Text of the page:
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Dog Bite Awareness Week brings some cautions

May 15, 2014
Fort Myers Beach Bulletin, Fort Myers Beach Observer

You see it all too often in the news: a small child is seriously injured or even killed by an aggressive dog.

And these confrontations seem to happen more and more, especially in Lee County.

Roughly 4.7 million people are bitten by dogs annually according to the American Humane Society, and they have become a legitimate health and safety issue, especially when the bites come from the larger and stronger breeds.

May 18 to 24 is National Dog Bite Prevention Week, an event that brings awareness to this growing problem, and one that is often preventable if you are educated, regardless of the size of the dog.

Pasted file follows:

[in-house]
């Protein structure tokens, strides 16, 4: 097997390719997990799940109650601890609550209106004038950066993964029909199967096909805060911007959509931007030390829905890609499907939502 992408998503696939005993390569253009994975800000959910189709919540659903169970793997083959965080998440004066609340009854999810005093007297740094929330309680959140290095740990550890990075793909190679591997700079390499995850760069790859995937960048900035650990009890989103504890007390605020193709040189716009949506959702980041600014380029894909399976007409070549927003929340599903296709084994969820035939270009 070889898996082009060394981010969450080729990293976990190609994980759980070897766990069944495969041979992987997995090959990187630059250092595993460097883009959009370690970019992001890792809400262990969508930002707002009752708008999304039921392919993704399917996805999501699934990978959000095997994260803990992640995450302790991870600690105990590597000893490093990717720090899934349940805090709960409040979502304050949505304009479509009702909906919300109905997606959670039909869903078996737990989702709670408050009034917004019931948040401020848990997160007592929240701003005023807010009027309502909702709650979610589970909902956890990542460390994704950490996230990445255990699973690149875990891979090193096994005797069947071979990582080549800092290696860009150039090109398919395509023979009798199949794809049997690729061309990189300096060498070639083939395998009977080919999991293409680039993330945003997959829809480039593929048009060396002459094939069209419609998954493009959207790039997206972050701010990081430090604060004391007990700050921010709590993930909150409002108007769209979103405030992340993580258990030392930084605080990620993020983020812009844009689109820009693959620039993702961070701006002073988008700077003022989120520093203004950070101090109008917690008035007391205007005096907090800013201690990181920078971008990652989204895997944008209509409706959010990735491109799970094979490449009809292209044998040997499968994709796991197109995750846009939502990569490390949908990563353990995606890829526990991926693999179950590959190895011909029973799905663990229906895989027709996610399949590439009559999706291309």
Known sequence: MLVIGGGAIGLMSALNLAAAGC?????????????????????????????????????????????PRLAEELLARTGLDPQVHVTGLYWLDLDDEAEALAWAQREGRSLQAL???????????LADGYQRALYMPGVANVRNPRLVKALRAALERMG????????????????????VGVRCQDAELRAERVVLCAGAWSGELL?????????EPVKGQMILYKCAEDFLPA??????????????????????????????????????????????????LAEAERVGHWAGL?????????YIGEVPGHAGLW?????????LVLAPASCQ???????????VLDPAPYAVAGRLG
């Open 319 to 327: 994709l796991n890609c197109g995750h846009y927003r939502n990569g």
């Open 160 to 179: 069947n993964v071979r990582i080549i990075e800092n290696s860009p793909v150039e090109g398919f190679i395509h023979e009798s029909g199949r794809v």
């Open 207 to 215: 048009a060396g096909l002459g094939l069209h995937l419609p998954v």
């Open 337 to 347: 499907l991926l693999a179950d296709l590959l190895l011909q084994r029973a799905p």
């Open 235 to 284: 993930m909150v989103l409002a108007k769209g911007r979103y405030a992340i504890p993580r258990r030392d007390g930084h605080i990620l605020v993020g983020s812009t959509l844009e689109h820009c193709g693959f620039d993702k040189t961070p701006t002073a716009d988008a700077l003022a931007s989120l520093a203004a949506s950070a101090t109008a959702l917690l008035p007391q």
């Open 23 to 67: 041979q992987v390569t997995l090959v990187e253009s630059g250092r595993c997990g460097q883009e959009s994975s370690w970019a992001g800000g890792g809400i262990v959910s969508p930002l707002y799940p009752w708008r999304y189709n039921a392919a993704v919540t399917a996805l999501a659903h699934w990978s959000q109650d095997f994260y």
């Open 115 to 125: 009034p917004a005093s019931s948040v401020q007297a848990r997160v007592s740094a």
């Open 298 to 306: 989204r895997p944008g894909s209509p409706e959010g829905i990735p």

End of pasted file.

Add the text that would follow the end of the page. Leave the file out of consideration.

Nearly 1,400 reported bite cases - where the victim has sought medical treatment and are reported to medical professionals - are reported in Lee County each year.

Nationally, 80 percent of victims are under 13 years old, and most victims know and have interacted regularly with the animal that bit them.

The American Humane Society has some tips to prevent dog bites:

Don't approach an unfamiliar dog, especially if they are tied down or confined, which owners should also do.

If you walk your dog, it must be on a leash.

Respect the dog's personal space.

Know the dog's body language to see if the animal wants to be approached.

Ria Brown, Lee County Animal Services spokesperson, said that issue is particularly important.